On Sunday Lead Pastor Carl Gulley kicked off our new series, Turn Your Ears On. Over the course of the next three weeks, we are going to be unpacking the importance of hearing and responding to the voice of God. Relationship with God is not meant to look like a monologue, but an ongoing dialogue. He longs to speak to us, to give us direction, affirmation and so much more. We find deeper intimacy with Jesus when we pause and allow Him to speak.
This week we celebrated where we have been and where we are going with a special generations Sunday. Throughout our morning Carl Gulley shared on why we invest in the next generation, and who we are as an inter-generational church. In a culture that can be divisive, our heart is to see the Church unite the generations for Kingdom impact.
This week Carl Gulley shared part four of our series, Where Mountains Melt, with a message on why we worship the way we do. Some people jump around during worship, others raise their hands and some people sit quietly before the Lord. Maybe you’ve wondered which expression is correct. The truth is, each posture is an expression of worship, and there is no right or wrong way to worship. The goal of worship is not an expression, it is love and obedience toward Jesus. Worship is not an expression, it is a lifestyle.
On Sunday lead pastor Carl Gulley shared part three of our series, Where Mountains Melt, with a message on choosing to worship even when you don’t feel like it. It is easy to worship when everything in life seems to be going great. Other times our circumstances can cause confusion, and hold us back from worship. Basically, we get spiritual motion sickness because everything is saying God is good, but circumstances are saying otherwise. Regardless of how we’re feeling, it is always right to worship God. All of our problems will not all disappear in an instant, but we’ll find the presence of God. And in that place, we find freedom.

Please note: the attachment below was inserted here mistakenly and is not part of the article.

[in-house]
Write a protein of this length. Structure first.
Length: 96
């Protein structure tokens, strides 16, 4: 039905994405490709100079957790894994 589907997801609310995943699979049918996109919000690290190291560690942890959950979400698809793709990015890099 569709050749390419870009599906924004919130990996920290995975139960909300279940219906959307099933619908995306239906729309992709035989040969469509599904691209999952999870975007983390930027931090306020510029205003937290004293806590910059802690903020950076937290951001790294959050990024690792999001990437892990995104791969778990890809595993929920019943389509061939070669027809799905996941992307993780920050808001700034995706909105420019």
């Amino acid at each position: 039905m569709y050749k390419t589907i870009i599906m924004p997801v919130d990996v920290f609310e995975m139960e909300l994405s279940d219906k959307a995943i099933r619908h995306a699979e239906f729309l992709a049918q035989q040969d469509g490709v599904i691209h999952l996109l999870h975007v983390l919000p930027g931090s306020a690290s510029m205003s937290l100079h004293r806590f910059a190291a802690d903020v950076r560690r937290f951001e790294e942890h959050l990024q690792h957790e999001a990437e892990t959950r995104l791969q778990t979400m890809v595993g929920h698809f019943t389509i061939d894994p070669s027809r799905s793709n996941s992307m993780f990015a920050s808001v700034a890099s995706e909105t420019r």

This week Lead Pastor Carl Gulley continued our Where Mountains Melt series with a message on multitasking. Some of us tend to think we’re great at multitasking while others will freely admit to being bad at it. Regardless of what camp we’re in, the truth is that multitasking forces us to quickly switch our focus between tasks. We end up losing out because we can’t devote our full attention to any of the tasks before us. And in the context of worship, multitasking doesn’t work.
This morning Lead Pastor Carl Gulley kicked off our new series, Where Mountains Melt. Over the course of the next few weeks, we will be taking a look at worship and what it looks like in our lives. Many times we reduce worship to a set of three songs at the beginning of a service, but it’s actually so much more than that.
This Sunday was declared volunteer Sunday because our volunteers are so worth honoring! Our church could not function without the men and women who carry the vision in their hearts, and give their all to see the Kingdom come in the lives of those around them. Carl Gulley led us in celebrating our volunteers and telling us more about how we can jump in and serve.
This week we celebrated the resurrection of Jesus and the life we have because of Him! Lead Pastor Carl Gulley shared on the impact the cross has on our lives. Jesus closed the gap between our performance and God’s perfection, and now we can have relationship with Him.
It was an exciting Sunday as we had the opportunity to hear from Jimmy and Laura Seibert, who are back from their three-month sabbatical. They shared about their time away, and shared vision for where we are headed as a church family this year. We are called to be people who dig up ancient wells, and allow the Spirit of God to flow through us (Genesis 26:22). When the life of God is flowing through us, not only do we get blessed, but those around us are blessed as well.
This week Carl Gulley shared part three of our series, And He Shall Be Called, with a message on Jesus’ family history. To set up the Christmas story and the arrival of Jesus, we first had to go back to the book of Ruth where we find Ruth and Naomi. Ruth was considered a cursed foreigner and Naomi called herself bitter, but it was through their family line that Jesus would eventually come through. He was the redeemer that would redeem their past and our future.